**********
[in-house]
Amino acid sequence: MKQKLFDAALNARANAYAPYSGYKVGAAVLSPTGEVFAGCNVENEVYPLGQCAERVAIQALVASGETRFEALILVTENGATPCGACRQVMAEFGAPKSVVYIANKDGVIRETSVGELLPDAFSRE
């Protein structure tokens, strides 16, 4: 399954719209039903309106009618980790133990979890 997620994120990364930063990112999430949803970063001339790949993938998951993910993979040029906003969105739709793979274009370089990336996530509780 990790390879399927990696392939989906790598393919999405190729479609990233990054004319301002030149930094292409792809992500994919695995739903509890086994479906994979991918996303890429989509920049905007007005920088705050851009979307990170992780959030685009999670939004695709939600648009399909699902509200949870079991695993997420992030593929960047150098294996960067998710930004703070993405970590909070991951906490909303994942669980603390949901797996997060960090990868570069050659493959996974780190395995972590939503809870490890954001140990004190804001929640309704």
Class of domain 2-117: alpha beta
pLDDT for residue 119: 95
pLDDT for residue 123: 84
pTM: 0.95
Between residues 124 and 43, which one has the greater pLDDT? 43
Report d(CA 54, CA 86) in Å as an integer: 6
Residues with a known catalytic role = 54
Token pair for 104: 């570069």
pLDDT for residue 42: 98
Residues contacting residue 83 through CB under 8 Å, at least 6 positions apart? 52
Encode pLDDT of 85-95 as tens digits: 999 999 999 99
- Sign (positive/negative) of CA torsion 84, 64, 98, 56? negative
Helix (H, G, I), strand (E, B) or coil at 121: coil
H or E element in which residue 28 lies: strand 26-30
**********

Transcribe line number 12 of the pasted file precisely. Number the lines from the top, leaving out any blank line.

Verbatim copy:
pLDDT for residue 42: 98